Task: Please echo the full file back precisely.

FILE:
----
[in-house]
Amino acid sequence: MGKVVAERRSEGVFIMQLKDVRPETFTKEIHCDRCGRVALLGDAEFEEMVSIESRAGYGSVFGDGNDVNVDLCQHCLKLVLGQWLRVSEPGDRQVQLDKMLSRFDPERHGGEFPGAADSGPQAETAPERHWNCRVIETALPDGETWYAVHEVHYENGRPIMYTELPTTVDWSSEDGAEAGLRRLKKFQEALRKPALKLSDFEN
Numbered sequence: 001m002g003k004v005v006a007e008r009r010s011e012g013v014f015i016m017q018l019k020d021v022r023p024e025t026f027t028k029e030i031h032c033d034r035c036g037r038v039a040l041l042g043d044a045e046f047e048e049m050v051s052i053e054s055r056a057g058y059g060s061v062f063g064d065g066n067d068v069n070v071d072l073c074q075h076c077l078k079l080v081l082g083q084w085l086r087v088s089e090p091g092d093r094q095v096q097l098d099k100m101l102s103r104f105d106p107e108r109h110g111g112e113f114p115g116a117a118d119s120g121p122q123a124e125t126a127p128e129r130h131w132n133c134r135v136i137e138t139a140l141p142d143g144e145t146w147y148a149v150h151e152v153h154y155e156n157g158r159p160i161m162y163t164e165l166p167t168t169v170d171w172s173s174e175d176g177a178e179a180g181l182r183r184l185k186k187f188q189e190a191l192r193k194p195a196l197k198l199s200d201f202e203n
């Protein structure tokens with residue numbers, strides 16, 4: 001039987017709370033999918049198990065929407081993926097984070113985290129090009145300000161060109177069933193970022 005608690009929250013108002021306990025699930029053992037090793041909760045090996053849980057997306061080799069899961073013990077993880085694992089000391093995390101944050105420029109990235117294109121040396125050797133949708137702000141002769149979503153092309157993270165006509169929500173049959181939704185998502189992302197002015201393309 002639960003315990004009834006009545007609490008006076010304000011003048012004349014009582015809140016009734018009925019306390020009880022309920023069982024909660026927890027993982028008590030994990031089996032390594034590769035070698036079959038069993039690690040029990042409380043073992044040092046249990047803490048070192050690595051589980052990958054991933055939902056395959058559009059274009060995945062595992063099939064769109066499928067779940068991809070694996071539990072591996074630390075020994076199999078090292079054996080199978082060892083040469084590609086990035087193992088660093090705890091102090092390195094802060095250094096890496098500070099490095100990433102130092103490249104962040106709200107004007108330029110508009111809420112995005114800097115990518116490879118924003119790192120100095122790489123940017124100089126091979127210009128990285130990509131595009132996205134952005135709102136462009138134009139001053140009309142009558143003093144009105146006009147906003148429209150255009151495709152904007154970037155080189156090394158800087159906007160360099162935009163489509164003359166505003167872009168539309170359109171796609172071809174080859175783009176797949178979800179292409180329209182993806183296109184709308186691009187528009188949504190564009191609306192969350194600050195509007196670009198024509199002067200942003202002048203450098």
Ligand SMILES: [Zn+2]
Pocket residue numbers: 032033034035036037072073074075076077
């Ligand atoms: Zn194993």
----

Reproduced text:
[in-house]
Amino acid sequence: MGKVVAERRSEGVFIMQLKDVRPETFTKEIHCDRCGRVALLGDAEFEEMVSIESRAGYGSVFGDGNDVNVDLCQHCLKLVLGQWLRVSEPGDRQVQLDKMLSRFDPERHGGEFPGAADSGPQAETAPERHWNCRVIETALPDGETWYAVHEVHYENGRPIMYTELPTTVDWSSEDGAEAGLRRLKKFQEALRKPALKLSDFEN
Numbered sequence: 001m002g003k004v005v006a007e008r009r010s011e012g013v014f015i016m017q018l019k020d021v022r023p024e025t026f027t028k029e030i031h032c033d034r035c036g037r038v039a040l041l042g043d044a045e046f047e048e049m050v051s052i053e054s055r056a057g058y059g060s061v062f063g064d065g066n067d068v069n070v071d072l073c074q075h076c077l078k079l080v081l082g083q084w085l086r087v088s089e090p091g092d093r094q095v096q097l098d099k100m101l102s103r104f105d106p107e108r109h110g111g112e113f114p115g116a117a118d119s120g121p122q123a124e125t126a127p128e129r130h131w132n133c134r135v136i137e138t139a140l141p142d143g144e145t146w147y148a149v150h151e152v153h154y155e156n157g158r159p160i161m162y163t164e165l166p167t168t169v170d171w172s173s174e175d176g177a178e179a180g181l182r183r184l185k186k187f188q189e190a191l192r193k194p195a196l197k198l199s200d201f202e203n
């Protein structure tokens with residue numbers, strides 16, 4: 001039987017709370033999918049198990065929407081993926097984070113985290129090009145300000161060109177069933193970022 005608690009929250013108002021306990025699930029053992037090793041909760045090996053849980057997306061080799069899961073013990077993880085694992089000391093995390101944050105420029109990235117294109121040396125050797133949708137702000141002769149979503153092309157993270165006509169929500173049959181939704185998502189992302197002015201393309 002639960003315990004009834006009545007609490008006076010304000011003048012004349014009582015809140016009734018009925019306390020009880022309920023069982024909660026927890027993982028008590030994990031089996032390594034590769035070698036079959038069993039690690040029990042409380043073992044040092046249990047803490048070192050690595051589980052990958054991933055939902056395959058559009059274009060995945062595992063099939064769109066499928067779940068991809070694996071539990072591996074630390075020994076199999078090292079054996080199978082060892083040469084590609086990035087193992088660093090705890091102090092390195094802060095250094096890496098500070099490095100990433102130092103490249104962040106709200107004007108330029110508009111809420112995005114800097115990518116490879118924003119790192120100095122790489123940017124100089126091979127210009128990285130990509131595009132996205134952005135709102136462009138134009139001053140009309142009558143003093144009105146006009147906003148429209150255009151495709152904007154970037155080189156090394158800087159906007160360099162935009163489509164003359166505003167872009168539309170359109171796609172071809174080859175783009176797949178979800179292409180329209182993806183296109184709308186691009187528009188949504190564009191609306192969350194600050195509007196670009198024509199002067200942003202002048203450098």
Ligand SMILES: [Zn+2]
Pocket residue numbers: 032033034035036037072073074075076077
């Ligand atoms: Zn194993």